Medicaid, New Mexico, and the Patient Protection and Affordable Care Act (PPACA)
Column by Rep. Jim Hall
House District 43
This is the second — somewhat delayed — column on Medicaid. This column discusses Medicaid’s future in New Mexico.
The June 28 Patient Protection and Affordable Care Act (PPACA) decision by the Supreme Court makes the Medicaid issue even more timely and important.
Let’s start with a review of Medicaid’s importance and its basic structure. Medicaid matters for two major reasons.
First, it provides about 560,000 New Mexicans with health coverage. Second, health care is the fastest growing part of New Mexico’s budget and Medicaid funding is the largest component of that item.
Medicaid’s basic structure is a state administered/federally supported partnership. The Federal Government pays about 75 percent of New Mexico’s Medicaid costs and establishes basic enrollee eligibility and services.
States can expand both eligibility and services within limits. New Mexico has expanded both eligibility and services.
Major national Medicaid issues are also New Mexico’s issues:
First, program complexity: New Mexico has about 40 different population/program groups with a myriad of regulations and funding rules for different subgroups.
Second, the cost of care for aging populations: FY14 cost for a low-income elderly recipient in New Mexico is expected to be about $24,000/year vs. $3,200/year for a child.
Third, the high cost of care for a small patient subgroups: nationally, 1 percent of recipients represent some 25 percent of Medicaid costs and New Mexico is probably similar. Some states report indivicual Medicaid patients costing more than $500,000/year.
Finally, the impact of PPACA: growth of Medicaid of an additional 100,000 to 150,000 enrollees by FY20 over currently projected growth if New Mexico opts into the PPACA Medicaid plan.
What is New Mexico doing? The Human Services Department has published the Centennial Care plan (see http://www.hsd.state.nm.us/Medicaid%20Modernization/) proposing Medicaid modernization in New Mexico.
The plan describes four principles:
- First, a comprehensive service delivery system to assure recipients receive the right amount of care at the right time.
- Second, involve recipients in the cost of their personal health decisions through a combination of rewards and cost sharing.
- Third, payment reform to reward plans and providers who focus on outcomes rather than processes.
- Finally, combining 14 of the 15 current federal waivers into a single waiver with consistent rules to simplify Medicaid administration.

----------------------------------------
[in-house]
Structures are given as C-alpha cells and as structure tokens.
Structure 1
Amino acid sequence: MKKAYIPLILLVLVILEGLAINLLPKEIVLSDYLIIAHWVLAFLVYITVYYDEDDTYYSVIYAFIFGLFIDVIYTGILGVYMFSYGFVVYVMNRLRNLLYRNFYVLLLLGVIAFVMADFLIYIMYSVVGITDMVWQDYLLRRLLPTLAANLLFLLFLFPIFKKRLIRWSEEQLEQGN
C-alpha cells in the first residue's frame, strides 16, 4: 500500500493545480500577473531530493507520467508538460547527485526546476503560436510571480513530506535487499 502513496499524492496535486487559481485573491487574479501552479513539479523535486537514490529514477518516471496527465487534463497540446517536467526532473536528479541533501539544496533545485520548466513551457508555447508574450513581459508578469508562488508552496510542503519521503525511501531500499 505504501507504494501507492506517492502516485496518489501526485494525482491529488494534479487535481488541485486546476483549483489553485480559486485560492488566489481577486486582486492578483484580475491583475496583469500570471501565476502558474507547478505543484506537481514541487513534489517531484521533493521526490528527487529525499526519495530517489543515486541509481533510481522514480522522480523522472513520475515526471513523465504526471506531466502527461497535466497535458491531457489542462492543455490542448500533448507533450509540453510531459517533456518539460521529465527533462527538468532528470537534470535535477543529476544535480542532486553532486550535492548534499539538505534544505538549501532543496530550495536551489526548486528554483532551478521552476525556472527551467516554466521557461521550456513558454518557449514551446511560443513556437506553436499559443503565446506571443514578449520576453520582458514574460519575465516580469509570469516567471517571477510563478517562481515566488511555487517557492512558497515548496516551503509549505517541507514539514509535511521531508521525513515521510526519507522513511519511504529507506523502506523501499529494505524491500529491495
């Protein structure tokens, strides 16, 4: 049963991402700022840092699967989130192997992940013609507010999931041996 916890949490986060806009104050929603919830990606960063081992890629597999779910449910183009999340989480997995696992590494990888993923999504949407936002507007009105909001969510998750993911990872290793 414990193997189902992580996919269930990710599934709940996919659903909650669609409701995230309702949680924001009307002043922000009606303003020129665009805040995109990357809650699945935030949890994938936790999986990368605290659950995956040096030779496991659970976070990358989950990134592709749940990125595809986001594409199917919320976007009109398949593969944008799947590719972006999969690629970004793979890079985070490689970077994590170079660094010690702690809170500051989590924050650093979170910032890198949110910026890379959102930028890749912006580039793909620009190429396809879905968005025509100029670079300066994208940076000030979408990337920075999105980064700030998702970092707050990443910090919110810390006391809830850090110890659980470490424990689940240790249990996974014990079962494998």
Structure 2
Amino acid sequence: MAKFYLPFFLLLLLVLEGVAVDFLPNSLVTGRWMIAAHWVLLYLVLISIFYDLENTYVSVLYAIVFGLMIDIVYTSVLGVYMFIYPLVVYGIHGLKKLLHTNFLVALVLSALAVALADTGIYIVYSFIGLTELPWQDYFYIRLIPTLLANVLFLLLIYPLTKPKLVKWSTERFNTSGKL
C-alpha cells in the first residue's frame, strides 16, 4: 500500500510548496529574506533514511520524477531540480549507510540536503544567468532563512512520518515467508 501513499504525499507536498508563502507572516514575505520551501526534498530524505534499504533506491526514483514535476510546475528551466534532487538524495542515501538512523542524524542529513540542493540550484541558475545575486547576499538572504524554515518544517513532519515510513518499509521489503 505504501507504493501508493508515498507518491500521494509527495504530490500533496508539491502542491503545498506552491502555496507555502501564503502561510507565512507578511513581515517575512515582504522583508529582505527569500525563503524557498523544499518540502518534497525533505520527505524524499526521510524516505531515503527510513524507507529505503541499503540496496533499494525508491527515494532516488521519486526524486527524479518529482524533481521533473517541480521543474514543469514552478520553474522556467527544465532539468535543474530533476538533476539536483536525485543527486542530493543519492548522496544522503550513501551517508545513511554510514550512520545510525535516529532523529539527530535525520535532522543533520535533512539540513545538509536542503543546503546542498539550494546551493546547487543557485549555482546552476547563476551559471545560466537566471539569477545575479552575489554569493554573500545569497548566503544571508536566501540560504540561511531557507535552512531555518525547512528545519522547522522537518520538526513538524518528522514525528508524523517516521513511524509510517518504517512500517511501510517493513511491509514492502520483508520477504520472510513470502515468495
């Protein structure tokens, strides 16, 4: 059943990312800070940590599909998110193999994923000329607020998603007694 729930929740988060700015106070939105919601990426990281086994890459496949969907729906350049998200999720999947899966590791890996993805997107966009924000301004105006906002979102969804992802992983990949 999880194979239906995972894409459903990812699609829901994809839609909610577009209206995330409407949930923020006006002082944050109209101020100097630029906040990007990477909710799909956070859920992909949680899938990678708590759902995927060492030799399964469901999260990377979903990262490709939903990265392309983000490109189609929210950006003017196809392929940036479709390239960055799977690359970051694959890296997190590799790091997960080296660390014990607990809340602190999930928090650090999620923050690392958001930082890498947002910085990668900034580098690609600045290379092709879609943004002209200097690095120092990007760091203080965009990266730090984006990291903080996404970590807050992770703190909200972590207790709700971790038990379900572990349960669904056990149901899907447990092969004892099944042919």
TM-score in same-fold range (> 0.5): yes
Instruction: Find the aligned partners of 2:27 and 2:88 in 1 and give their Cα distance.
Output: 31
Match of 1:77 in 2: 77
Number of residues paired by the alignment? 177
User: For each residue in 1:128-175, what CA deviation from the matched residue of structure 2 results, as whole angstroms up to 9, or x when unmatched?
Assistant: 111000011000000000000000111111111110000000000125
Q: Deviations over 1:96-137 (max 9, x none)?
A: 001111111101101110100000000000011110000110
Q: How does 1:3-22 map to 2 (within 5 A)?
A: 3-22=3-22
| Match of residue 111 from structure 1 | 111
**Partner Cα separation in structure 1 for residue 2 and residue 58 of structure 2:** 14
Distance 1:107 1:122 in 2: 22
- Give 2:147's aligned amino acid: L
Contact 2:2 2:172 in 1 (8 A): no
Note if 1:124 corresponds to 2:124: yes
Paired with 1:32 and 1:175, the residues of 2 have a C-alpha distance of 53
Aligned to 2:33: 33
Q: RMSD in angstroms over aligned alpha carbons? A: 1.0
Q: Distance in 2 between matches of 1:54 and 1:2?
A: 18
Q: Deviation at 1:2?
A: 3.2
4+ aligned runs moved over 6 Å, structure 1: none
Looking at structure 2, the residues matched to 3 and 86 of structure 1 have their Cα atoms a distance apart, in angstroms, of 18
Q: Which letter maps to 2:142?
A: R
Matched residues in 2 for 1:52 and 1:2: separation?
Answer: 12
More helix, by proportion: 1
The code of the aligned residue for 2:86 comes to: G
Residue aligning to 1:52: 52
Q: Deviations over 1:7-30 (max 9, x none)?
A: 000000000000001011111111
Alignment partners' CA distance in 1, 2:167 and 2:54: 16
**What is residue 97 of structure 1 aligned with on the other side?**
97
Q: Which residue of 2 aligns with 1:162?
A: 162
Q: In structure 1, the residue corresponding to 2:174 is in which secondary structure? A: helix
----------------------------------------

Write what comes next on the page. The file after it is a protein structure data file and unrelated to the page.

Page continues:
If this plan is implemented, Medicaid recipients can expect to see (1) increased managed care and less fee-for-service and (2) a focus on aggressive case management of high cost and high risk enrollees. See http://www.newyorker.com/reporting/2011/01/24/110124fa_fact_gawande for an article describing “hot spotting”, the current term of art for such programs.
Project ECHO in New Mexico is focused on this issue for patients in rural areas (http://echo.unm.edu/)
These initiatives will be combined with (3) incentive programs and emphasis on health care “literacy” training for recipients and (4) increased use of home visits, especially pregnant women and newborns — 70 percent of the babies born in New Mexico are paid for by Medicaid.
Other initiatives may include the use of (5)“medical homes”, and (6) maximizing use of technology, especially for rural regions of the state.
For a description of a current Medicaid pilot of “medical homes” (http://ahca.myflorida.com/medicaid/deputy_secretary/recent_presentations/medical_home_tf/medicaid_medical_home_task_force_report_020110.pdf)
Now, the next question — what’s the cost? Most states have been successful at controlling costs per enrollee, but the rapid growth in the number of enrollees, poor health of individual enrollees, and aging of enrollees have meant that health care is now the largest single item in most state budgets.
This is not yet true in New Mexico, but only because of the way the State funds K-12 education.
The FY13 general fund share of Medicaid costs is about $900 million. If New Mexico opts out of PPACA Medicaid expansion, the state share of Medicaid cost is projected to increase to about $1.19B/year (33 percent over FY13) by FY20.
An estimated 250K-300K New Mexicans will remain uninsured. If New Mexico opts into PPACA Medicaid expansion, the state share of Medicaid cost is expected to increase to between $1.32B/year (46 percent over FY13) and $1.37B/year (52 percent over FY13) by FY20.
An estimated 100,000 to 150,000 New Mexicans will remain uninsured. Under the opt-in scenario most PPACA cost increases hit the State in later years as the federal match for PPACA enrollees decreases.
All FY20 numbers are estimates and, as everyone knows, such estimates are not particularly reliable.
Unfortunately, even the most optimistic scenario will leave an estimated 100,000 people without insurance — so don’t expect the indigent care tax increment to go away anytime soon.